The Press Release


Definition – Press Release: An official statement issued to newspapers giving information on a particular matter

In my case, a press release will let people know that my book (or book launch event) is a newsworthy item. It could lead to valuable publicity for little or no cost. I’m liking the sounds of that, for sure.

Getting a press release read by a busy editor would appear to be a herculean task. Apparently, I can expect an editor to look at my press release (the one I literally slaved over) for a maximum of four seconds. I guess it better start off with a bang!

The Bare Essentials of a Well-Crafted Press Release


  • An attention grabbing headline – obviously the most important part of the whole exercise (remember when I said a busy editor would give the press release four seconds of his or her time?)

Paragraph One

  • The unique selling point of my novel.

Paragraph Two

  • I tell the reader why they should care. For this paragraph I want to know what’s currently trending and hook myself to that media bandwagon with a heavy-duty hitch. If it bleeds it leads and all that jazz. (Newspaper lingo Winking smile)

Paragraph Three

  • I support and summarize the information given in the first two paragraphs.

I have read that each paragraph should be a maximum of three sentences. The name of the game seems to be catchy and quick.  On the off-chance that my release does get noticed by a busy editor, I better have proof read the thing within an inch of its journalistic life.

Another important thing to remember (especially for my fellow novelists out there) – the press release is written in a journalistic style with a third-person point-of-view. It is meant to read like a newspaper article. This is not the spot for letting the flowery language flow.

At the end of the tightly composed press release, I could include an About the Author section, but it should be kept brief. Then I would put my contact information at the bottom of the page: full name, phone number, email address, and web address

It sounds pretty straight forward. Easy-breezy, right? We’re only talking nine sentences maximum. I’m not so sure though – I thought I would try to draft up a practice example for this post, but I’m still struggling over it. I’ve written a lot but never in a journalistic style and it’s not as easy as it might sound.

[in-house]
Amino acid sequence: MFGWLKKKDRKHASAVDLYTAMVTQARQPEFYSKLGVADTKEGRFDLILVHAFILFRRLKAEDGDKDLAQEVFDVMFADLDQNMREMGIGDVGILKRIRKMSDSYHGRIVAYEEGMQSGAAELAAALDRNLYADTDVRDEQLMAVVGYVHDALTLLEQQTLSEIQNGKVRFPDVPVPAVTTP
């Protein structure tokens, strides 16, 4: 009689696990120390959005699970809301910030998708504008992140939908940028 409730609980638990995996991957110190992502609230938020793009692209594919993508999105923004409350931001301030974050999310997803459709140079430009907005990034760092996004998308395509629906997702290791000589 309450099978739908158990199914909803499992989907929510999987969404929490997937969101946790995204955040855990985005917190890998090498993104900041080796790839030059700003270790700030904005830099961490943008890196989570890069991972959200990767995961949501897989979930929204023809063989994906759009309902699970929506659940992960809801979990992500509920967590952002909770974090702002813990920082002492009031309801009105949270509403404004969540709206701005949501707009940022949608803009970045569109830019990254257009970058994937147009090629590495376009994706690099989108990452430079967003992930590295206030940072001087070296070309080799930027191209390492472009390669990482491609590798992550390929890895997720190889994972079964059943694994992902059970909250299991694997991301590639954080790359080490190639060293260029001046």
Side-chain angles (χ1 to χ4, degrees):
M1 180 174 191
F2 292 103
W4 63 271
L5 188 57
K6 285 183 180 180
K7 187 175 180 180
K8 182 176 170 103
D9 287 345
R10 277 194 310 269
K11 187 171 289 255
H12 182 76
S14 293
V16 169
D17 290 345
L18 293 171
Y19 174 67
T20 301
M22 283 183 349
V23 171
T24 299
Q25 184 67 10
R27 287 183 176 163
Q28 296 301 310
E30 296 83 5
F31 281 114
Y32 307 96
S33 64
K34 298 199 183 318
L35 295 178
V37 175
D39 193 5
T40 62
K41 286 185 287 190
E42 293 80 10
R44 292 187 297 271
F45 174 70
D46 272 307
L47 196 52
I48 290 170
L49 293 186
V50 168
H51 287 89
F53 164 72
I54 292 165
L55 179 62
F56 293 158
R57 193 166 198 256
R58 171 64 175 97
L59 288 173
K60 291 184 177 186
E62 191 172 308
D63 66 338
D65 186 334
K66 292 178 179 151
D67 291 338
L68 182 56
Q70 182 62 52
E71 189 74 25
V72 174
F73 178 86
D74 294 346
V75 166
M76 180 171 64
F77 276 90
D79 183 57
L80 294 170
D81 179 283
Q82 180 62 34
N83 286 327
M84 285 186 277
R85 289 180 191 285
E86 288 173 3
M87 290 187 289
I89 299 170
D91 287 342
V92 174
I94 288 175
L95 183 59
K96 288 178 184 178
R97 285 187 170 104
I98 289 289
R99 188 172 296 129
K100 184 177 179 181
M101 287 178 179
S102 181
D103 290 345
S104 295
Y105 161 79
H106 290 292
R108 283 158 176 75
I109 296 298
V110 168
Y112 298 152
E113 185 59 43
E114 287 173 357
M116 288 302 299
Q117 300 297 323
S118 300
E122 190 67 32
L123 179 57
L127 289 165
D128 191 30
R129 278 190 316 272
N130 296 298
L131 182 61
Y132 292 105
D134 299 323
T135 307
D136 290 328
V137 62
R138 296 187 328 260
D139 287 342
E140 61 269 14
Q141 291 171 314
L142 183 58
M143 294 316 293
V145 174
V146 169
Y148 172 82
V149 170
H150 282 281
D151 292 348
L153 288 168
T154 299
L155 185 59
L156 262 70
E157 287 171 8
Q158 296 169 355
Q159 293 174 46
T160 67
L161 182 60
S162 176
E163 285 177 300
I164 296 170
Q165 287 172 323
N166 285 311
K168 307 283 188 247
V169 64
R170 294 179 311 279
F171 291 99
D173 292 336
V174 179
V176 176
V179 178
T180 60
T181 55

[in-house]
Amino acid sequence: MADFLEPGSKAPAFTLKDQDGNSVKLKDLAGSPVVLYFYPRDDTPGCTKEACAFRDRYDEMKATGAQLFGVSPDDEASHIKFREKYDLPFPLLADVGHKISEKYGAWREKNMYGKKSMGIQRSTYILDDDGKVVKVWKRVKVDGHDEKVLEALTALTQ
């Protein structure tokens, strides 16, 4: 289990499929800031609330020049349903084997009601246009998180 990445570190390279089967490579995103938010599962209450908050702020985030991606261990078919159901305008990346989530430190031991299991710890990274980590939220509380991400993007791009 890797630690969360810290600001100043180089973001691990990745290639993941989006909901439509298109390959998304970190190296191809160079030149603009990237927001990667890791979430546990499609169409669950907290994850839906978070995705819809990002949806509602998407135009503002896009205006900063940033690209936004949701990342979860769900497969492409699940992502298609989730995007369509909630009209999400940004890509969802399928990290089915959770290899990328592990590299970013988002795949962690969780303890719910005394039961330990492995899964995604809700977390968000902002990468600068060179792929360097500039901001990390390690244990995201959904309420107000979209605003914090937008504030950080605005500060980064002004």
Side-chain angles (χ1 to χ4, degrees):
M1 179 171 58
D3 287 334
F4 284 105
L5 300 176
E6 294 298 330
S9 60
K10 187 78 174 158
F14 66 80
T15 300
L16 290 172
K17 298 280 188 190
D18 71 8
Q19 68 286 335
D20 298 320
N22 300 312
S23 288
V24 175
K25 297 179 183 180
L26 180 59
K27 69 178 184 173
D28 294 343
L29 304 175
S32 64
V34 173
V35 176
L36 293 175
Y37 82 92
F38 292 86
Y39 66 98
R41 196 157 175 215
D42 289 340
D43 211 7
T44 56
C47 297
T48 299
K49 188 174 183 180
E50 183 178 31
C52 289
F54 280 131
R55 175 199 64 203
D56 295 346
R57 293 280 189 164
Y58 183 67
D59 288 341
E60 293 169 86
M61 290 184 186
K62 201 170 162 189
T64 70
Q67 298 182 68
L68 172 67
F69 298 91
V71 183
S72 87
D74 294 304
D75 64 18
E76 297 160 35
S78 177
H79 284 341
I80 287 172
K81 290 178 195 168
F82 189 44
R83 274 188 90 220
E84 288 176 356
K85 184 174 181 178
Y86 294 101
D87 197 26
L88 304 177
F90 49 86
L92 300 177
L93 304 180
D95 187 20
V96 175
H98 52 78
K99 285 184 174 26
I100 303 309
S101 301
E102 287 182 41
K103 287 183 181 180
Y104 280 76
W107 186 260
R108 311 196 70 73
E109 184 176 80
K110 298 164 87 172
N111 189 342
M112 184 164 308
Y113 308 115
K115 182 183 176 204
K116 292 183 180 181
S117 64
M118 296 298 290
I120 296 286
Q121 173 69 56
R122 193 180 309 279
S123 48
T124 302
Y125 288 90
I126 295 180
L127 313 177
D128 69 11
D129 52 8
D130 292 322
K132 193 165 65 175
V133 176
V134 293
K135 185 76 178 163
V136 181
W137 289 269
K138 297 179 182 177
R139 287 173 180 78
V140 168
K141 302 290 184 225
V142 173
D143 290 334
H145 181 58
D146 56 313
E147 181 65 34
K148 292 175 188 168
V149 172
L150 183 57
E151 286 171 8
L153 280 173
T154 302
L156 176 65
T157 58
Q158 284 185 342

I did pour over my promotion budget thinking that a professionally crafted press release might be a good investment. Attracting the attention of a print media outlet could be a one shot deal with a lot on the line and a poor job of the press release could turn an editor off, not only today but for any future contact as well.

I went so far as to get a quote – $329.00 and that doesn’t include anyone actually reading my book. I would have to draft up the main points of the press release and then a professional would hone it to perfection. Hmmm . . . I will definitely work on doing it myself. The budget is already stretched pretty thin with the cost of getting to this point.

A topical, tightly written press release will be a great promotional tool to put in my tool box. If you don’t hear from me for a while you will all know what I’m doing.



The Book Promotion Tool Box




In part two of my book-promotion-sharing-as-I-learn process, I will be filling a book promotion tool box. I love the analogy of the tool box – everything I need all neatly assembled and divided into handy little sections.

The four sections of the tool box are labeled: print media, broadcast and PR; social media and online promotion; non-traditional channels; and events plus peer to peer interactions.

Let’s have a look at the possible tools I might acquire for each section.

Print media

  • I will store my press release in the print media section of my tool box. I could write a complete post on the intricacies of the press release (heck, I probably will). Suffice to say, the press release is quite important.
  • I may also create an entire press kit – it seems it would be jam packed with all sorts of things and probably expensive.
  • Radio interviews, reviews and articles may all be stored in this section. I’ll write another post soon on the need for reviews.

Social media and online presence

  • Here is the spot where I’ll plunk this blog, along with my Facebook site, my Twitter account, my presence on LinkedIn and Pinterest and Goodreads.
  • An author’s website would be stored here – though I’ve had such excellent results with Word Press, I’m thinking I’ll let my blog do double duty.
  • YouTube promotional videos (gulp – I feel a bit faint. I have to put my head down between my knees for a moment. Oh there – that’s better)
  • This is also the place for online events – blog tours, guest blog spots – I’m sure so much more could go here but I haven’t figured it all out yet.

Non-Traditional Channels

  • Here is where I can stash all the business deals I might make in order to sell my book – things like getting the North Island Crisis Center to give a copy of my book to all their employees as a Christmas gift (hey, that’s not a bad idea!).